After it’s first attempt to create a Garmin branded phone called the G60, Garmin is back once again with the A50. But this time making a much more strategic choice by adopting an open platform: Google’s Android phone OS. I wrote about Garmin’s response to the coming Smartphone onslaught to it’s dominance of the GPS navigation market. This was after I read this article in the NYTimes: Move Over GPS, Here Comes the Smartphone – (July 8, 2009). At that time Navigon which had been in the market for GPS navigation, dropped out and went to software only licensing to device manufacturers. Whispers and rumors indicated TomTom was going to license its software as well. By Fall 2009 TomTom had shipped an iPhone version of its product. It looked like a form of paradigm shift that kills an industry overnight. GPS navigation was evolving to a software only industry. Devices themselves were better handled by the likes of Samsung, Apple, etc. When the Garmin nuviphone finally reached the market, the only review I found was on Consumer Reports. And they were not overly positive in touting what the phone did differently from a a standalone navigation unit. And worse yet, they had spent two years in development of this device only to have it hit the market trumped by the TomTom iPhone App. It was a big mistake and likely to make Garmin more wary of trying another attempt at making a device.

Hope springs eternal it seems at Garmin. They have taken a different tack and are now going the open systems route (to an extent). It seems they don’t have to invent everything themselves. They can still manufacture devices and provide software, but they don’t have to also create an OS that allows things to be modularly integrated (Phone and GPS) and given that they chose Android, things can only get better.  I say this in part because over time it has become obvious to me Google is a real fan of GPS navigation and certainly of Maps.

When I bought my first GPS unit from Garmin, I discovered that you can save out routes direct from Google Maps into a format that a Garmin GPS receiver can use. I know in the past Garmin forced it’s users to first purchase a PC application that allowed you to plan and plot routes then save them back to your receiver. Later it was made less expensive and eventually it was included with the purchase of new units. I’ve seen screen shots of this software and it was clunky, black and white, and more like a cartography mapping program than a route planner. On the other hand, Google Maps was as fast and intuitive as driving your car. You click on a start point, and end point and it would draw the route right on top of the satellite photos of your route. You could zoom in and out and see, actually see points of interest on your route. It seems in one stroke Google Maps stole away route planning from Garmin.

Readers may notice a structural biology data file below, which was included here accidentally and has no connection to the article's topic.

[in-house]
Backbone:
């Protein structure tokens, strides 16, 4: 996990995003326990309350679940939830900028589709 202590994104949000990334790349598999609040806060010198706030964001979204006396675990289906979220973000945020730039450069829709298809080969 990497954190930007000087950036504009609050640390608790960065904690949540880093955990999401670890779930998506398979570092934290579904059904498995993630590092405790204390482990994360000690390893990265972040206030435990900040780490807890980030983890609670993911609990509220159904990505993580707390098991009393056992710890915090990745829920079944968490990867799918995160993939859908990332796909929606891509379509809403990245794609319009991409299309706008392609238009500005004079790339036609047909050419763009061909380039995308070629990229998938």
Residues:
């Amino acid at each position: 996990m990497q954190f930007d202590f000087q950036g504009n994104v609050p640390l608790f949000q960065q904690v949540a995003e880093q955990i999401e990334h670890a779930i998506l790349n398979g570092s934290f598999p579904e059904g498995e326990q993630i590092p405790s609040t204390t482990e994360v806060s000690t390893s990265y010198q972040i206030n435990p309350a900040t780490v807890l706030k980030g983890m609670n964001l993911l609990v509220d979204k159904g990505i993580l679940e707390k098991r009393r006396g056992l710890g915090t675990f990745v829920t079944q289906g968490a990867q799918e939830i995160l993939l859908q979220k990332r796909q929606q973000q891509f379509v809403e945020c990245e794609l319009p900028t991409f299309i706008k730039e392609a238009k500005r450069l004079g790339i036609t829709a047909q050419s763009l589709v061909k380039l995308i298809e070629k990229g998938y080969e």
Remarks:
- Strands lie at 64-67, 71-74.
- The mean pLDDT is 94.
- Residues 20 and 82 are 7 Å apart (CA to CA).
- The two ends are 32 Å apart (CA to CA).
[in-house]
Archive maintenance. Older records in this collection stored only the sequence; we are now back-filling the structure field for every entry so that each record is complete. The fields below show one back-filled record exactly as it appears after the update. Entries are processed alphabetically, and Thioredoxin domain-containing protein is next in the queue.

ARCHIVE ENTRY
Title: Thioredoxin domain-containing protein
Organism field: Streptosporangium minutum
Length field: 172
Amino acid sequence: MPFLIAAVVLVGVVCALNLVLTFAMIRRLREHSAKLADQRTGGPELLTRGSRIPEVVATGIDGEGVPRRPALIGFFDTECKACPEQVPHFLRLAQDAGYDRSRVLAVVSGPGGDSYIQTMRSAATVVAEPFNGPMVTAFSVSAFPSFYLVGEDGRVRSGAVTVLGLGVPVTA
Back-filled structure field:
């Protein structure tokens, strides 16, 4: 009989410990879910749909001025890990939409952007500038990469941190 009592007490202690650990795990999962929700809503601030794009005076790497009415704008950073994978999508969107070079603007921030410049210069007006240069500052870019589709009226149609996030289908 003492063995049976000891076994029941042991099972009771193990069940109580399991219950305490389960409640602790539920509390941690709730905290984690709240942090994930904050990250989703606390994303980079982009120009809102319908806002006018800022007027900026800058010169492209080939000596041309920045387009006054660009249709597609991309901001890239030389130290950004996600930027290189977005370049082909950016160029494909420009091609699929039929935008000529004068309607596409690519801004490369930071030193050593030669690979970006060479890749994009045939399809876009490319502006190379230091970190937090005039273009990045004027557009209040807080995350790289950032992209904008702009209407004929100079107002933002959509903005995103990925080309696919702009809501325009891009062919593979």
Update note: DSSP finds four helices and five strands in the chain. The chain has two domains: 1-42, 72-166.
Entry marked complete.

In the intervening time Google also decided to get in the Smartphone business to compete with Apple. Many of Google’s web apps are accessed through iPhones, so why not tap into that user base who might be willing to adopt a device from the same people running the datacenter and applications hosted in them?  It might not be a huge number of users, but Google has money and time and can continuously improve anything it does until it becomes the most competitive player in a market it has chosen to compete in. Tying this all together one can see the logical progression from Google Maps to Google Smartphone. And even Google came up with some prototypes showing what this might look like:

Google Shrinks Another Market With Free Turn-By-Turn Navigation – O’Reilly Radar (December 7, 2009)

Google made a video showing how Google Maps, and Streetview could be integrated on an Android 2.0 device. And it looked good. It was everything someone could have wanted, navigation, text to speech directions, the ability to zoom in and out, go to Streetview to get an accurate photo of the street address. There were some bits of unpolished User Interface that they still needed to work on. But prototypes and demos are always rough.